97                               In actual fact, MBD, Netco and Services Ménagers Roy are contractors, as the labour commissioner Réal Bibeault stated, not subcontractors.  They are parties to a contract for the lease and hire of work and one might apply to them the definition of a contractor found at p. 192 of Gérard Dion's dictionary:

 

[TRANSLATION]  Person who undertakes by contract . . . to perform given work for a definite price.  Such person usually has complete freedom in performing the work subject to the terms of the contract.

 

98                               However, one may also apply to their work the second definition of subcontracting proposed by Gérard Dion, op. cit., at p. 449:

 

[TRANSLATION]  Practice by which an organization assigns the  performance of certain work to an independent specialized contractor.  This contractor assumes complete responsibility for this work, which he performs himself or has performed by his own employees, either on the premises of the party awarding the contract (e.g. janitorial services, food services and so on), or outside in his own establishment . . .  A business may use subcontractors for various reasons:  lower cost, lack of materials or labour, specialized personnel, emergency requirements and so on.

 

99                               I believe that the Labour Court judges, the Superior Court and the parties in their facta intend this second meaning rather than the first when they speak of subcontractors and subcontracting.  I propose to adopt this usage in the case at bar as well, since it appears in Gérard Dion's dictionnary and avoids ambiguity.

 

IV - The Submissions of the Parties

 

100                             The arguments made by the appellant can be reduced to two propositions:

 

(1)the Superior Court, and subsequently the Court of Appeal, despite the existence of a privative clause in the Labour Code, erred in justifying their intervention by the theory of questions "preliminary" or "collateral" to the exercise of jurisdiction, and in holding that the existence of an alienation or operation by another of an undertaking within the meaning of the Civil Code is a prerequisite to exercise of the power to issue a record of the transfer of rights and obligations;

 

(2)the interpretation of s. 45 by the labour commissioner and the Labour Court is the correct one:  at least, it cannot be argued that it is a patently unreasonable interpretation, any more than, as the appellant concedes, the interpretation of the minority of the Labour Court can be regarded as patently unreasonable.

 

101                             Respondent, for its part, maintained the contrary propositions supported by the mis en cause C.S.R.O. and Services Ménagers Roy.

 

102                             As explained below, these two submissions may at first glance appear to be inconsistent.

 

103                             The first submission requires the Court to decide whether the labour commissioner and the Labour Court have the jurisdiction necessary to make the decisions which they made, without being subject to judicial review in the event that they erred in law.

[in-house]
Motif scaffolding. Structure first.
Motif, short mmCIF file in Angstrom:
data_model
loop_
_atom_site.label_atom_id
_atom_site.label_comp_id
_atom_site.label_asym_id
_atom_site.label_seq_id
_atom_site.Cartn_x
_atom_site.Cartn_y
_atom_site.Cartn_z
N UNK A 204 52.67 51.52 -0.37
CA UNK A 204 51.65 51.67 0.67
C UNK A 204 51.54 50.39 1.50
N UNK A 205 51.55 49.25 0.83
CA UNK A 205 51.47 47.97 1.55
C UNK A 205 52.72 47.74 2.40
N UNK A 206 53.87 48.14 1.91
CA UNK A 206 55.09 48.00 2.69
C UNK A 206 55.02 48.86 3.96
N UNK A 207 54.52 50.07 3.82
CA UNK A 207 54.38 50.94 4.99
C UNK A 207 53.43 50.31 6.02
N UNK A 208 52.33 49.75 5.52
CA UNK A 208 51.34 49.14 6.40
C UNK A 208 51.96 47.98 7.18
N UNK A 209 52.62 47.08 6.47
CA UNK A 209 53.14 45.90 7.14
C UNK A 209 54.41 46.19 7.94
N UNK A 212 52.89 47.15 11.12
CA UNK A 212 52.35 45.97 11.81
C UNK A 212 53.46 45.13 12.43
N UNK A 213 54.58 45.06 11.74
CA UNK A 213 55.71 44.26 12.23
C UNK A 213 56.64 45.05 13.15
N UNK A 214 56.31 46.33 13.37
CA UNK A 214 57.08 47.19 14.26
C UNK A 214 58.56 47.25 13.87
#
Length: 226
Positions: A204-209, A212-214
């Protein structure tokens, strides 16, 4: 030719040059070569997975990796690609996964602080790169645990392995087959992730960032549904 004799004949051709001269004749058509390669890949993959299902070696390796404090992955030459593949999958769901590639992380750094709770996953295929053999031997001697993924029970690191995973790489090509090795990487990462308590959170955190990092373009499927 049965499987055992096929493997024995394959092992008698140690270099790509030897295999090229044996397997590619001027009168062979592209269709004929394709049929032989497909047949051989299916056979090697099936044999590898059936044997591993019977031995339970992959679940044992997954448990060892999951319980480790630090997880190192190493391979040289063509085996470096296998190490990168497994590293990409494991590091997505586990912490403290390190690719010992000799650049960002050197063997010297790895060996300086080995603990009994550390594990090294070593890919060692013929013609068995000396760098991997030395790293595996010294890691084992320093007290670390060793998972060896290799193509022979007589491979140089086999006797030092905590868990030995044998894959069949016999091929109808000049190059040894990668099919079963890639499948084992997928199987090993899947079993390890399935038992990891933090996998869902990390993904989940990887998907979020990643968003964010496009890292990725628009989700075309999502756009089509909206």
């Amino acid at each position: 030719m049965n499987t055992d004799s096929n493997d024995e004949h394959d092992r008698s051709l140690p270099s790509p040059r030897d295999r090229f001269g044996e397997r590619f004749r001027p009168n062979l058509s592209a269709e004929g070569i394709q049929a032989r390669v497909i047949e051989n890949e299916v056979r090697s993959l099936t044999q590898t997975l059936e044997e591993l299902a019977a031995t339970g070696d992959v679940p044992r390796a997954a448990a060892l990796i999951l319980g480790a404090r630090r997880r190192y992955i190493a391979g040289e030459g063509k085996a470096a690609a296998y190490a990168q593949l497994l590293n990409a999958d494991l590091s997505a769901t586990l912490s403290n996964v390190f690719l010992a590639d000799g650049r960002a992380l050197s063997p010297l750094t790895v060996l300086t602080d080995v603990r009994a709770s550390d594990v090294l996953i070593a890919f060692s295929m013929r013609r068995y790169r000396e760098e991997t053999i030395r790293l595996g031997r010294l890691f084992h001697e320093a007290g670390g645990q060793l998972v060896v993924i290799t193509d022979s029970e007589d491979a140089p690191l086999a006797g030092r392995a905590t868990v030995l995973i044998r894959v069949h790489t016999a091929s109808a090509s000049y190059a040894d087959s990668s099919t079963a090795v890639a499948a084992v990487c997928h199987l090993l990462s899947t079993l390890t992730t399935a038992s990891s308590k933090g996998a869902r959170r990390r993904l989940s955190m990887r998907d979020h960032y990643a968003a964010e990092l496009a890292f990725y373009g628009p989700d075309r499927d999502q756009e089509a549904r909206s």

104                             The second submission assumes an affirmative response to the question raised by the first but raises the issue of whether, in the exercise of their jurisdiction, the labour commissioner and the Labour Court lost their jurisdiction by giving ss. 45 and 46 a patently unreasonable interpretation.

 

105                             The two submissions were made by the appellant alternatively.  The Superior Court and the Court of Appeal did not address the second, but the respondent made the question of patent unreasonableness its first submission, and in its factum, the appellant sought to answer the submission in advance.

 

106                             I will state my conclusions before proceeding any further:  the interpretation of s. 45 by the labour commissioner and the Labour Court is in error and the errors are jurisdictional in nature.  However, I arrive at these conclusions for reasons which differ from those of the Superior Court and the Court of Appeal.  In view of these conclusions, it is not necessary to decide whether the errors made by the labour commissioner and the Labour Court are patently unreasonable.

 

V - The Jurisdiction of Labour Commissioner Under ss. 45 and 46

 

1.  Introduction

 

107                             Did the labour commissioner and the Labour Court, in deciding whether there was a transfer of rights and obligations under s. 45 when the C.S.R.O. awarded a contract for janitorial services, perform an act which was within their jurisdiction stricto sensu?  That is the first point this Court must decide.  In other words, if the decisions of the labour commissioner and the Labour Court are in error, are they subject to judicial review by the superior courts?

 

108                             The appeal thus raises once again the always difficult, delicate and controversial question of the exercise by superior courts of their superintending and reforming power over administrative tribunals.  I do not intend to undertake an exhaustive study of the rules governing the exercise of this superintending and reforming power.  I shall confine myself to cases in which the administrative tribunal has erred in law in its decision.  Nevertheless, it seems advisable before analysing the jurisdiction of the labour commissioner to make certain preliminary observations on the analytical methods to be used in deciding when a matter is jurisdictional in nature.

 

2.  Analytical Methods

 

109                             As I indicated in the preceding section, the parties considered the jurisdiction of the labour commissioner in two lights:  first, does one of the events mentioned in s. 45, namely the alienation of an undertaking or its operation by another, constitute a preliminary question or, in other words, a prerequisite to the exercise of the power conferred by s. 46?  And secondly, is the interpretation given to s. 45 by the labour commissioner and the Labour Court patently unreasonable?